In recent weeks, the offices of the Independent National Electoral Commission (INEC) have come under attack in the country, especially the South East region. Offices, premises, vehicles and other operational facilities of INEC have been targets of bandits recently. On Tuesday, May 18, INEC’s offices in Ebonyi and Ezza North Local Government Areas of Ebonyi State were attacked and properties destroyed. In Enugu State, two attacks on INEC’s offices resulted in burning of some parts of the office and the burning of operational vehicles of the Commission. Earlier reports of burning of INEC offices have been from Imo, Akwa Ibom and Abia States. It is unclear who is responsible for these attacks on INEC’s offices and national assets and what the motive for it may be. What is clear is that should this trend continue, it could spread throughout the country with possible dire consequences for the effective conduct of Nigeria’s next general elections scheduled to hold in February 2023. While some point fingers to specific localised agitation groups, conspiracy theorists appear to have gone to town with a wider speculation on who stands to benefit from the situation. What is clear however, is that every effort must be made to halt the slide and the threat that the attacks represent for Nigeria’s democracy.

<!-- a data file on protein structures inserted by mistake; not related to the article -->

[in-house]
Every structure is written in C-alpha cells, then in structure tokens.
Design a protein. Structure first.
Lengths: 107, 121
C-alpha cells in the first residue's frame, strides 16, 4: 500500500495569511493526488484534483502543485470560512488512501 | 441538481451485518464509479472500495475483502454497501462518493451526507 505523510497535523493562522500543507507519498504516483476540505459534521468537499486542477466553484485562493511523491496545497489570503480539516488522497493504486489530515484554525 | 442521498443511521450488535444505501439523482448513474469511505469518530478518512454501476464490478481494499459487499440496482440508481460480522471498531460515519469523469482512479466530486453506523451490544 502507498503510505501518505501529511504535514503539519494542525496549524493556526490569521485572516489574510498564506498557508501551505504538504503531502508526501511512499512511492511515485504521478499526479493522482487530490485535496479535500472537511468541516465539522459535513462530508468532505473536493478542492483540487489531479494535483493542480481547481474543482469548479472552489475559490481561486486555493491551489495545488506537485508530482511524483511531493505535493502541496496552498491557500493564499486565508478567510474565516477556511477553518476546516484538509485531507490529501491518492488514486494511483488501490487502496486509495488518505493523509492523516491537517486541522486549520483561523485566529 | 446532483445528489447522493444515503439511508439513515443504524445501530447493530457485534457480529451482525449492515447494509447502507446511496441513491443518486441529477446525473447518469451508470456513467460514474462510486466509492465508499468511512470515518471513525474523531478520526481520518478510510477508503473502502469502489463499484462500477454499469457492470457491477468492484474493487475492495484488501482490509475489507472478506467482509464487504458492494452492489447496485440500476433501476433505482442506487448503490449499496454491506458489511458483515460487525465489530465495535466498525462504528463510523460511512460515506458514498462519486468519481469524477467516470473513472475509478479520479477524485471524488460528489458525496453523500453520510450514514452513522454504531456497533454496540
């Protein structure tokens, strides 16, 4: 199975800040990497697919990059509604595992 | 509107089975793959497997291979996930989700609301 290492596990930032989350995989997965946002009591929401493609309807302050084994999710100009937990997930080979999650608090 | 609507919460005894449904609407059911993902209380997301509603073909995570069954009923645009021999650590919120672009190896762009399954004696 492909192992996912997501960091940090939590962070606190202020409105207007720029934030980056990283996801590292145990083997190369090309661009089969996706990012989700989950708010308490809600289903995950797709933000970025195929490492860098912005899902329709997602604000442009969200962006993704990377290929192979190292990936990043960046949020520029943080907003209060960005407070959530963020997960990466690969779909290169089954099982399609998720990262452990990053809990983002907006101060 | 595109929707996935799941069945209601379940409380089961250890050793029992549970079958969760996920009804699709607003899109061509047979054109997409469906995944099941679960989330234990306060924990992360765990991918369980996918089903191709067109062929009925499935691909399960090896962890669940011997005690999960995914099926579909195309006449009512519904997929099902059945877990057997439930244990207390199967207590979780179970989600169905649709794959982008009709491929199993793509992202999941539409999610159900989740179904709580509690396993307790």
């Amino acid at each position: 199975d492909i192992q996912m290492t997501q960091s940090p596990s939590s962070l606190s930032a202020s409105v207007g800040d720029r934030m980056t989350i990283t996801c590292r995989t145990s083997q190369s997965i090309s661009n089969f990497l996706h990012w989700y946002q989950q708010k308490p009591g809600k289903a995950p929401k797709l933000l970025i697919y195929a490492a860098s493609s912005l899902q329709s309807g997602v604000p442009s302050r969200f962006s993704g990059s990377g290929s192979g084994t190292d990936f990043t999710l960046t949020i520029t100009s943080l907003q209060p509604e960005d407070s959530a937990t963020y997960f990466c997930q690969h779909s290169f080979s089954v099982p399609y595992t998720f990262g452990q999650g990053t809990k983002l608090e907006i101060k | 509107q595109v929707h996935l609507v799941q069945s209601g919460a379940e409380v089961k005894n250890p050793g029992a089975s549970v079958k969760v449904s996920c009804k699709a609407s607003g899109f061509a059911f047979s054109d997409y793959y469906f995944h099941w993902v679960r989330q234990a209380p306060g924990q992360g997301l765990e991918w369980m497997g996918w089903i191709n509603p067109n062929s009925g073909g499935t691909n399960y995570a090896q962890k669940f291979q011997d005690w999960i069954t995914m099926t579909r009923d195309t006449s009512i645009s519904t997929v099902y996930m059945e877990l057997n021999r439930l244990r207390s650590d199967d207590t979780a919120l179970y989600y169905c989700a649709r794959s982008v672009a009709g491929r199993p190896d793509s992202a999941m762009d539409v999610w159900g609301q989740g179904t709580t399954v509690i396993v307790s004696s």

Meanwhile, INEC has been implementing its expansion of voter access to polling units exercise across the country in the past weeks. This entails the conversion of voting points to polling units and ensuring that polling units are properly situated. The Commission had also announced that it would resume Continuous Voter Registration (CVR) on June 28. However, in its press statements following some of the fire incidents at its offices, INEC expressed determination to go ahead with discharging its responsibilities, including the voter registration exercise and pending elections. The Commission also called a meeting of its Resident Electoral Commissioners (RECs) on Wednesday, May 19, ahead of a scheduled emergency meeting of the Inter-Consultative Council on Election Security (ICCES).